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  • TP1300 Thickness Planer

    I just purchased my first thickness planer and although I own about every other tool known to man and know how to use them fairly well, the owners manual that came with the planer gives practically no idea as to actual use other then saftey warnings and product disclaimers. I'm not complaining but I have a stack of rough cut lumber that I'd really like to finish plane without complications. Can anyone run me through the basics from rough cut to finished?
    Thanks

  • #2
    For a good overview on how to use your planer, check out "Jointers and Planers" by Rick Peters, ISBN 0-8069-6755-2.
    Teach your kids about taxes..........eat 30 percent of their ice cream.

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    • #3
      Hey Jim,

      Here is a short version:

      1 cut to lenght. Leave a little extra for snipe or other problems and make a final end cut last.

      2 - joint one edge.

      3 - surface on side.

      4 - plane to thickness. Here are some planer tips:
      Remove material slowly!
      Allways feed with the grain and feed the same end every time.
      Keep some calipers on hand to spot check for thickness as you go.
      Feed in differnt places along the cutter head.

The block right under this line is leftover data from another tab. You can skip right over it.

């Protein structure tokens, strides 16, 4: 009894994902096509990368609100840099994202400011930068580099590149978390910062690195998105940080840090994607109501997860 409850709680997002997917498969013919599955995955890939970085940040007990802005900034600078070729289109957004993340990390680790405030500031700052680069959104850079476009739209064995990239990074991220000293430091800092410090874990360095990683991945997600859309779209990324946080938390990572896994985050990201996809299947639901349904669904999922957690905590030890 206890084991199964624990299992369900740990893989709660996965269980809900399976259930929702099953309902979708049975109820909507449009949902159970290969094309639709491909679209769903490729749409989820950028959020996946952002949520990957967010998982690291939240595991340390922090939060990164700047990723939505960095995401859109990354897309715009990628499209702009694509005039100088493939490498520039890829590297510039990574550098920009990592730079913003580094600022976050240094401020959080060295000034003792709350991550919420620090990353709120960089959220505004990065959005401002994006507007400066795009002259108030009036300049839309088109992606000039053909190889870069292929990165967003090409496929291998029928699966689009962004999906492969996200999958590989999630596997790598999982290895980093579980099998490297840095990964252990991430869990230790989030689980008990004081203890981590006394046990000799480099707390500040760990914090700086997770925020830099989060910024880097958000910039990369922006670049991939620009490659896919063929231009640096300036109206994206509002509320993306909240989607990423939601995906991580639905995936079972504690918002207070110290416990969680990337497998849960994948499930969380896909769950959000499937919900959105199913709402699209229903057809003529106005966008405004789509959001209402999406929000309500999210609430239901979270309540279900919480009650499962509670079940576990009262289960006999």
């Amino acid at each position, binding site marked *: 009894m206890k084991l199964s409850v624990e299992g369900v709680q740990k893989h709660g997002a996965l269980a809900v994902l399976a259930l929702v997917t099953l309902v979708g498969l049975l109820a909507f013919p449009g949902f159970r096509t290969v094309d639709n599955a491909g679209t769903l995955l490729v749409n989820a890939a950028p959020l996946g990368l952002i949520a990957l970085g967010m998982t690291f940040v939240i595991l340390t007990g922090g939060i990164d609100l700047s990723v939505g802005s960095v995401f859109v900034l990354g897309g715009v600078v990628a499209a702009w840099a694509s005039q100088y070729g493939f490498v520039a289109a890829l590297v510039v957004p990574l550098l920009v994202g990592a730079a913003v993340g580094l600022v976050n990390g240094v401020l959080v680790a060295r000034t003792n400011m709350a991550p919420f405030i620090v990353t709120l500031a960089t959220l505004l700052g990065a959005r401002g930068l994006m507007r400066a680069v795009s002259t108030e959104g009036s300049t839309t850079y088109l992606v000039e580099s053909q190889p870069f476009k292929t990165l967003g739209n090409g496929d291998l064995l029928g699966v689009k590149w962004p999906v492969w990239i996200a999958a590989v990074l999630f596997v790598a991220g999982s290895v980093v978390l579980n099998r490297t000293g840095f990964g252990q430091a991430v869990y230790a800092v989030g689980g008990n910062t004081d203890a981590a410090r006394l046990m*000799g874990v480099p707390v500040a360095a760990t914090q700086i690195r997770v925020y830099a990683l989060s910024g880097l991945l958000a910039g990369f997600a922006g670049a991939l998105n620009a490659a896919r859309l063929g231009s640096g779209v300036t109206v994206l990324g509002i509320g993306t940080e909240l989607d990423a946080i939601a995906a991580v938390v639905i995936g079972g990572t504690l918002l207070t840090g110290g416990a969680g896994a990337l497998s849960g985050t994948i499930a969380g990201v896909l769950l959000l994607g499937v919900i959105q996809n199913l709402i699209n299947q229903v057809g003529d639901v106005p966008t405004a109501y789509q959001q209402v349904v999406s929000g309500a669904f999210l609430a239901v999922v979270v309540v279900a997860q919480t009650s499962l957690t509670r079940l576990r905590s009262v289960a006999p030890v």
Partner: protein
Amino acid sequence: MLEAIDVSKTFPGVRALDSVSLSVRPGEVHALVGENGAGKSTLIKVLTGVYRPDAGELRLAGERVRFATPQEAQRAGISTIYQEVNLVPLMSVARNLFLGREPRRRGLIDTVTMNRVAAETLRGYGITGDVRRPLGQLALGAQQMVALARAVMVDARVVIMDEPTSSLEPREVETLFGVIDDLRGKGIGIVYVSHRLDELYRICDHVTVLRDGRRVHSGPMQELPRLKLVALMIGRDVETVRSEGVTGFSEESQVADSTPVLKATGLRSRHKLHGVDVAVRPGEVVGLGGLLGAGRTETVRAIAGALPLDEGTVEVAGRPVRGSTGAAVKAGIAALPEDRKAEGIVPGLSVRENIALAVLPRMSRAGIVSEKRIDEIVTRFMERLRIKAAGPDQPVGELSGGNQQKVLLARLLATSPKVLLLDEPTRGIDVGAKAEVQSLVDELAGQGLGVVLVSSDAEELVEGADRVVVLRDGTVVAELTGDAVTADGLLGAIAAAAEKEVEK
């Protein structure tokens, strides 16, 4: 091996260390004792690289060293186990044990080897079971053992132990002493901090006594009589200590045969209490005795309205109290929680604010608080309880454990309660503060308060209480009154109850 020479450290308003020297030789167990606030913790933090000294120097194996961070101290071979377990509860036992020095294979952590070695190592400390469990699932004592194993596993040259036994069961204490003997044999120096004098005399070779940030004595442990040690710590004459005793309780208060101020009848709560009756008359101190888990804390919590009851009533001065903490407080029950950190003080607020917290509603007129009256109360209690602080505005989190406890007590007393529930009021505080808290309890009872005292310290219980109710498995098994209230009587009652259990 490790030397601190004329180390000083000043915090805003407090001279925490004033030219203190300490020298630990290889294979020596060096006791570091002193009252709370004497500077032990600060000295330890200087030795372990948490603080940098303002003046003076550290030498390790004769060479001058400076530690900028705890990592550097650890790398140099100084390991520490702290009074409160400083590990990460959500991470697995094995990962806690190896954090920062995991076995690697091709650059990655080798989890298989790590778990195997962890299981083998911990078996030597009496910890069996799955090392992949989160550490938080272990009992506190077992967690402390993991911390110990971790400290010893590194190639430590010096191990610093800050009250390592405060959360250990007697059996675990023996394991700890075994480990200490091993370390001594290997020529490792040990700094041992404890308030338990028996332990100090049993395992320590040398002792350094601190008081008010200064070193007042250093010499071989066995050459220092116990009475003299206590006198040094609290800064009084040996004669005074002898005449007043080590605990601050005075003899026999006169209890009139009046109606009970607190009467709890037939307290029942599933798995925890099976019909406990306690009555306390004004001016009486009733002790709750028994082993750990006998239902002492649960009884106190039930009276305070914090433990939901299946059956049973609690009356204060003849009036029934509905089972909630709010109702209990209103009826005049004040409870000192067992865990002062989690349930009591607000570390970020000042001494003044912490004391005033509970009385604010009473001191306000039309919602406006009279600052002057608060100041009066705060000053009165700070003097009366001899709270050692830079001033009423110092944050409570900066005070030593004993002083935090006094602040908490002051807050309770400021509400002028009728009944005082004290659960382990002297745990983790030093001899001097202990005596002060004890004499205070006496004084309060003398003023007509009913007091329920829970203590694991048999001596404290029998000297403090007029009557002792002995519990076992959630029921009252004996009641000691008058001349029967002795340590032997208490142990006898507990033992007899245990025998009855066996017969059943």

5 - rip to width. Jointed side against the fence, surfaced side against the table - this makes the sides parallel.

      6 - final cut to lenght.

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      • #4
        As you may already know, the planer will not flatten twists, wanes, or bows without some manipulation....it'll smooth, reduce and make one side parallel to the other, so most people face joint one side flat with a jointer, edge joint the adjacent edge, then put the unfaced side through the planer to make it parallel to the flattened side. The next step is to rip to width on the TS.

        Take light passes...1/16" to 1/32" depending on width, hardness and figure. For long boards use extra support at the infeed and outfeed. For highly figured hardwoods you may want to dampen the surface being planed slightly. When planing to thickness and taking multiple passes, flip the board and alternate the face that gets planed so it won't bow. For boards that are narrow, alternate which side of the planer you enter from to wear the knives evenly, or put them through at a slight angle. Put short boards end to end to reduce snipe. Use a DC....these things a chipping spewing monsters!

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        • #5
          "Use a DC....these things a chipping spewing monsters! "

          You're right there, can't say that loud enough

          I used my DW735 once and made a total mess in the shop (the chip collector attachment had not arrived yet, and I was chomping at the bit to test it out). Two days later I had the chip collector and now no mess, was definately worth the $99 for the chip collector. The fan in the DW735 is strong enough to pull the chips out and push them through the 10' hose into a 32 Gal. metal trash can. I remove the bonnet and put the metal lid on the can when not in use just to reduce the chance of a fire since I also do occasional metal work (grinding/cutting) that can send sparks flying around the shop. Can't be too safe.

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